Chief among these is that the technology can only stream audio to a single device. That’s not a problem for wireless headphones or speakers where each side is connected by a wire but is a significant challenge for products such as ‘earbuds’. Current earbud products work by wirelessly connecting the audio source (for example, a smartphone) to one of the earbuds with the target earbud then employing clever software to wirelessly relay information to its partner. The system works, but it requires significant processing power to keep everything in sync, adding cost and compromising battery life.
The Bluetooth SIG promises LE Audio will resolve these technical challenges—while giving audio quality a further boost—through the introduction of ‘LE Isochronous communication’. In part, the quality boost will come from a codec to replace SBC. In addition to enhancing the audio experience, the Low Complexity Communication Codec (LC3) is specifically designed to save battery power.
According to Manfred Lutzky, Head of Audio for Communications at Fraunhofer IIS, LC3 offers great promise. “Extensive listening tests have shown that LC3 will provide improvements in audio quality over SBC included with [Bluetooth] Classic Audio, even at a 50 per cent lower bit rate,” he said in a statement. Combined with the Bluetooth LE radio’s inherent lower power consumption compared with Bluetooth Classic, the lower throughput afforded by LE Audio will have a significant impact on battery life. While no official figures are yet available, engineers estimate that batteries powering LE Audio should last at least 40 per cent longer than in an identical Bluetooth Classic audio application. That provides an opportunity to extend playback time or shrink earbud size by using smaller batteries while keeping playback time the same.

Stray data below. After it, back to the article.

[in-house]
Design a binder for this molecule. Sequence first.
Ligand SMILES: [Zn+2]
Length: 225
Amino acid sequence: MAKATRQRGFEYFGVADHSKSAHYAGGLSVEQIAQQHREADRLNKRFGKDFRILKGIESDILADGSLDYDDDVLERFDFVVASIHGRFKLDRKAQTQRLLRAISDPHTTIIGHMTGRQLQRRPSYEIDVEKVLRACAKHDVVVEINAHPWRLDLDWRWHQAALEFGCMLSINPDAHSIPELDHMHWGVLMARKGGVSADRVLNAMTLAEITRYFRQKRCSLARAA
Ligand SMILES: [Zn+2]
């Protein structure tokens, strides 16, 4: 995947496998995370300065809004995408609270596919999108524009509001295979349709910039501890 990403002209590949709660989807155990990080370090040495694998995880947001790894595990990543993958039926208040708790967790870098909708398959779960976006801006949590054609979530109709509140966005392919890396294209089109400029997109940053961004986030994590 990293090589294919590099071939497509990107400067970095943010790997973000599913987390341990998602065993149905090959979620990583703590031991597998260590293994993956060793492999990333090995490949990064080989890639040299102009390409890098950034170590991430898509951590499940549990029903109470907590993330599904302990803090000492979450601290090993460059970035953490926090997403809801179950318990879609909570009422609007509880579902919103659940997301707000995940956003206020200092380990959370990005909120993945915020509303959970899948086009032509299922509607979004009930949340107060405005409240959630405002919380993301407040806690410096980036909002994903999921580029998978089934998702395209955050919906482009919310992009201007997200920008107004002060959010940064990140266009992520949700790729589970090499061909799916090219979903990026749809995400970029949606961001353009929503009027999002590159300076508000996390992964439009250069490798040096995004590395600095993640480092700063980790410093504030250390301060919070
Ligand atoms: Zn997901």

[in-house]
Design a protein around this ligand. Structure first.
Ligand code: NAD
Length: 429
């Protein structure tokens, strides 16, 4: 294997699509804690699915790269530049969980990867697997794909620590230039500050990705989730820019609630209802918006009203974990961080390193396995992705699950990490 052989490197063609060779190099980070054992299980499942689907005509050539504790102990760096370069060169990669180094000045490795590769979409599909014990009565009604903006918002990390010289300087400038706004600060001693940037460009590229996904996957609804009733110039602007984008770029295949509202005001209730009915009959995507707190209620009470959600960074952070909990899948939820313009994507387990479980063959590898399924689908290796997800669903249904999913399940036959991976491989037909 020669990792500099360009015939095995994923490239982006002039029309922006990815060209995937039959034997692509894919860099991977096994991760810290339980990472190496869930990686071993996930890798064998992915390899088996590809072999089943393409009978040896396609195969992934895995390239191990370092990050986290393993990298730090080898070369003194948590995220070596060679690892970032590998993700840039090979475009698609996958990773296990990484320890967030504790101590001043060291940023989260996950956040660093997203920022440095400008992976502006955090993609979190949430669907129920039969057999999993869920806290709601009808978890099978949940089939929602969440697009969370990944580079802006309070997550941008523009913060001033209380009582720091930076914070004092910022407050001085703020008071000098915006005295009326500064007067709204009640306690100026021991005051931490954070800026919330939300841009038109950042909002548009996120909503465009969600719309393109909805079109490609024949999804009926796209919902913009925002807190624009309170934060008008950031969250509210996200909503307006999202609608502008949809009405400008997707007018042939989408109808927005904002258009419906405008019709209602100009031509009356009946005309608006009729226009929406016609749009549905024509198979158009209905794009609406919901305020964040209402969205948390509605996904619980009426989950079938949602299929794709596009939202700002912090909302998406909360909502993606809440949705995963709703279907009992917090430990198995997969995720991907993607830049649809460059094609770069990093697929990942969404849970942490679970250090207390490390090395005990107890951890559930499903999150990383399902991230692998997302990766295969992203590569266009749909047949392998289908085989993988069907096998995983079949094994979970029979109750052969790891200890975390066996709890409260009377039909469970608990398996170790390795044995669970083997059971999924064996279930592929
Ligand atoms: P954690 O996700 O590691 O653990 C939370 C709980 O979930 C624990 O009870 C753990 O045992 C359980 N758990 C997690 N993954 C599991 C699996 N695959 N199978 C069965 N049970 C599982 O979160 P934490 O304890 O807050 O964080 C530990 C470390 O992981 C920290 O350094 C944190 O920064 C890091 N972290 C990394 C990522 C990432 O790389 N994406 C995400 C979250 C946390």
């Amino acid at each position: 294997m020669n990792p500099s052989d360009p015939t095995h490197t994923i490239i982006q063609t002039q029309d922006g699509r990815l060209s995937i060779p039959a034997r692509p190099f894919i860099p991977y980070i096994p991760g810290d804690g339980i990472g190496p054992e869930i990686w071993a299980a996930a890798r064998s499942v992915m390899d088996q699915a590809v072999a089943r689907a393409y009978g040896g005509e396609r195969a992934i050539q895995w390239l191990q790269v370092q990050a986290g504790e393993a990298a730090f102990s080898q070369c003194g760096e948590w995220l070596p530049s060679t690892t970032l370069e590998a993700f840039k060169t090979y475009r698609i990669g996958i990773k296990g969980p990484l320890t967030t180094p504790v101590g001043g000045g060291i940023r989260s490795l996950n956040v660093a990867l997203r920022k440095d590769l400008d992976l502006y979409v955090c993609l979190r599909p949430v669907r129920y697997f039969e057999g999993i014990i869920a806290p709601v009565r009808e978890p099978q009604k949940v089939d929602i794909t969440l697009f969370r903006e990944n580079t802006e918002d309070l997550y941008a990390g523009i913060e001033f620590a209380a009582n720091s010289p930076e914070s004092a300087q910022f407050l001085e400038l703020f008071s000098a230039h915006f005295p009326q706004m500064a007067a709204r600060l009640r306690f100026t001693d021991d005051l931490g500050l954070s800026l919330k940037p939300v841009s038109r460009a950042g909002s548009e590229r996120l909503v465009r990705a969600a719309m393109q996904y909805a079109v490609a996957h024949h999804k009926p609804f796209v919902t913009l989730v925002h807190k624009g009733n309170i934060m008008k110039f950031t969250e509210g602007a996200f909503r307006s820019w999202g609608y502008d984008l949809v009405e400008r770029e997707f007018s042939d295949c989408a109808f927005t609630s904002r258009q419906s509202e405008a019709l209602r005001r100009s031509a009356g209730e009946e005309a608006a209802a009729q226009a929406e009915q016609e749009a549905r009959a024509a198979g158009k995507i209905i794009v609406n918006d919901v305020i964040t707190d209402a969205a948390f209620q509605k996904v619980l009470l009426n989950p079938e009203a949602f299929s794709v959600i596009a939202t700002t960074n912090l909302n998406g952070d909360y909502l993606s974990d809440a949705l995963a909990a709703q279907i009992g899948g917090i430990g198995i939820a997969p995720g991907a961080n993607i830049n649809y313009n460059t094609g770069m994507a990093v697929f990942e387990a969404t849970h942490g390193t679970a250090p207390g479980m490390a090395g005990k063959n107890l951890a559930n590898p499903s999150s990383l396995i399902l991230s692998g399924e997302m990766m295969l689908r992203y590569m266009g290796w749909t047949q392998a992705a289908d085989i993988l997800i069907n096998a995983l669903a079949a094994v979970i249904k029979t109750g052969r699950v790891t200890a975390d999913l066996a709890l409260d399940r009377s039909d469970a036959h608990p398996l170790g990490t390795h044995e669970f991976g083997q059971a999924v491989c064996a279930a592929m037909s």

LE Isochronous communications (which makes use of the LE Isochronous Channels recently introduced as part of Bluetooth 5.2 works by transferring ‘timebounded’ data between devices. With this technology multiple devices (such as a pair of earbuds or stereo wireless speakers) can receive unique audio streaming channels (for example, separate left and right channels from a stereo source) that are precisely synchronized, perfectly preserving the precise musical timing. The Bluetooth SIG has dubbed the technology ‘Multi-Stream Audio’.